Tree Sparrow

Irish Name: Gealbhainn crann
Scientific name: Passer montanus
Bird Family: Sparrows
amber
Conservation status

Status

Slightly smaller than the much commoner House Sparrow. Adult males and females are inseperable in the field. Adult Tree Sparrows have a brown cap on the head, which extends to the nape. Has a large patch of white on the face, with a black smudge below the eye. Like the House Sparrow, adult Tree Sparrows have a black bib on the throat, but this never extends beyond the throat. The underparts are washed brownish, in contrast to House Sparrows pale grey. The upperparts are brown with some black streaking. Juvenile Tree Sparrows largely resemble adults, but have grey on the face instead of white.

Identification

Slightly smaller than the much commoner House Sparrow. Adult males and females are inseperable in the field. Adult Tree Sparrows have a brown cap on the head, which extends to the nape. Has a large patch of white on the face, with a black smudge below the eye. Like the House Sparrow, adult Tree Sparrows have a black bib on the throat, but this never extends beyond the throat. The underparts are washed brownish, in contrast to House Sparrows pale grey. The upperparts are brown with some black streaking. Juvenile Tree Sparrows largely resemble adults, but have grey on the face instead of white.

Voice

Similar to those of House Sparrow, but can be separated with experience. A slightly nasal “chu-wit” is one of the more distinctive calls of the Tree Sparrow

Diet

Seeds, split grain, buds and some insects, especially when feeding young. Will use peanut feeder and takes all kinds of scraps from bird table.

Breeding

Rather local in Ireland, especially in the west and south of Ireland. Largely associated with cereal production. Like the House Sparrow, nests in cavity in building, especially under eaves or holes formed by missing brickwork. Will use nestboxes. Has declined in recent years - in some areas this may be due to lack of nest sites.

Wintering

Largely sedentary, but young birds may disperse to new areas. Occasionally joins large Finch flocks in stubble fields with spilt grain.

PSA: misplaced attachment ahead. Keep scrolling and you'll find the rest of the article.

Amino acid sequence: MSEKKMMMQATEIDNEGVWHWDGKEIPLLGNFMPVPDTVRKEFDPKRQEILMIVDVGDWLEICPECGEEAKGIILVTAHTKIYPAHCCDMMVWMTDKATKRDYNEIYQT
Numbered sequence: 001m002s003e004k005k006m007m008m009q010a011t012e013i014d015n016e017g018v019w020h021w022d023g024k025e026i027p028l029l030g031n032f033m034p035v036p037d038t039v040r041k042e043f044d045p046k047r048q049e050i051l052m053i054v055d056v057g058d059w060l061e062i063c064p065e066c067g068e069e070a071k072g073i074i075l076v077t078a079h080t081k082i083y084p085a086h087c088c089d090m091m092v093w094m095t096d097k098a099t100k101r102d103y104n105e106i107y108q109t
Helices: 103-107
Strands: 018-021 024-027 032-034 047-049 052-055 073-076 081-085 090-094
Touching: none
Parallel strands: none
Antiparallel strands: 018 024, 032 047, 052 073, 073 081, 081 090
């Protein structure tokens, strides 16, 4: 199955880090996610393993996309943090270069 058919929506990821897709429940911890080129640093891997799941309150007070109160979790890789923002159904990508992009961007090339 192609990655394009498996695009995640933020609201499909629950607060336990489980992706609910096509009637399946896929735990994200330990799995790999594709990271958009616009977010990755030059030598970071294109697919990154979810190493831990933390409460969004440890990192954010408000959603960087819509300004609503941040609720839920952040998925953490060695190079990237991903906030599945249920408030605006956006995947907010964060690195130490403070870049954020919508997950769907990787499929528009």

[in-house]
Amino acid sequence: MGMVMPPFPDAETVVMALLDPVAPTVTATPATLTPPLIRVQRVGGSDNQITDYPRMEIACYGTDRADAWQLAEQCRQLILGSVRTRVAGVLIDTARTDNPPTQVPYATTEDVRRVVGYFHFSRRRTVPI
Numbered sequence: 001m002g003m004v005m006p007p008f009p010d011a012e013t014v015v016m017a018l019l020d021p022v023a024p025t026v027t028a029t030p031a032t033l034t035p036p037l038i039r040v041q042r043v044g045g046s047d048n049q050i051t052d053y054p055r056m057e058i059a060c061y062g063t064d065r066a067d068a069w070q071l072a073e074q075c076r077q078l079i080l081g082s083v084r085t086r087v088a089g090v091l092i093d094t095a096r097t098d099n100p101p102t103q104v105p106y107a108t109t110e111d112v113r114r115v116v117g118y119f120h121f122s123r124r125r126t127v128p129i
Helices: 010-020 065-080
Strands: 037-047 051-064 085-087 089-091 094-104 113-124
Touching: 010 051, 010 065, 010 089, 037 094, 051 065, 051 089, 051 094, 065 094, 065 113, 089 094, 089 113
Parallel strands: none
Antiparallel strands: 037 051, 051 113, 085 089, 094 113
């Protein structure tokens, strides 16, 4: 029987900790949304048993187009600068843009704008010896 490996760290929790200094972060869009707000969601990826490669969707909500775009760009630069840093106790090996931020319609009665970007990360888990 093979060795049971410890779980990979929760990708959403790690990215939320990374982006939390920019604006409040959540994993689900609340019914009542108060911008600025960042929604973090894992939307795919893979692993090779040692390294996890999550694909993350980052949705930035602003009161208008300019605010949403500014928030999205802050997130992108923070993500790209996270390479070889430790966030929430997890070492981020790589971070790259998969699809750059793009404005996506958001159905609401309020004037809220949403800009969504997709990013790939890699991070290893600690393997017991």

Monitored by

Countryside Bird Survey.

Blog posts about this bird

Hedgerows

Good news for nesting birds: roadside hedgerows spared Heritage Act cut

Today Minister for Culture, Heritage and the Gaeltacht, Ms Josepha Madigan, TD announced that she has decided against allowing hedge-cutting in August this year. This will mean that there has been no change to the rules governing hedge-cutting. It is illegal to cut hedgerows between 1st March and 31st August inclusive in order to protect nesting birds. However, as has always been the case, where there is a road safety concern, roadside hedgerows may be cut, but according to specifications in the Wildlife Acts, Roads Act and the articles of the Birds Directive. Oonagh Duggan of BirdWatch Ireland said, “Today is a good day for nature in Ireland. We are delighted that Minister Madigan has seen the light when it comes to the Heritage Act and that she has shelved changes to the laws on hedge-cutting.” In announcing her decision today, Minister Madigan highlighted the need to protect and nurture nature and biodiversity, which was underpinned by national and international research showing significant declines in biodiversity. BirdWatch Ireland’s own research on late-nesting birds identified how important hedgerows are for late-nesting birds, with Yellowhammer in particular threatened by the changes to hedge-cutting laws which were passed in the Heritage Act. Our research showed that there were 23 other species nesting well into August, and the latest date on which Yellowhammers were recorded as still nesting was 24th September 2018. The Minister’s decision means that indiscriminate hedge-cutting for roadside hedgerows will not be tolerated. Oonagh Duggan also said, “The Minister spoke strongly about the need to nurture nature and biodiversity, which is very welcome. Our hedgerows are unique features of the Irish landscape and symbolise the meeting of our natural and cultural heritage. We call on the Minister to set up a Forum to deliver a National Hedgerow Conservation Strategy to ensure their long-term conservation.” Hedgerows have no legal protection in their own right. BirdWatch Ireland calls on Minister Madigan to convene a forum of stakeholders with the goal of developing a National Hedgerow Conservation Strategy. Hedgerows are unique features of the Irish landscape and are important in their own right, both for a host of birds and other wildlife and as carbon stores. The Minister’s decision today saves hedgerows this August, but a long-term conservation strategy is urgently needed. This should include a bespoke law protecting hedgerows, as well as guidance on their appropriate management for the benefit of wildlife. The Minister’s decision comes after the Dáil declared a biodiversity and climate emergency in May and called for the examination of biodiversity loss by the Citizens’ Assembly. Hedge-cutting during the nesting period for birds is the number one concern of members of the public who contact BirdWatch Ireland. The public wants to see more nature, not less, as was clearly expressed by voters in the May local and European elections.

Similar Species

House Sparrow

Irish Name:
Gealbhan binne
Scientific name:
Passer domesticus
Bird Family:
Sparrows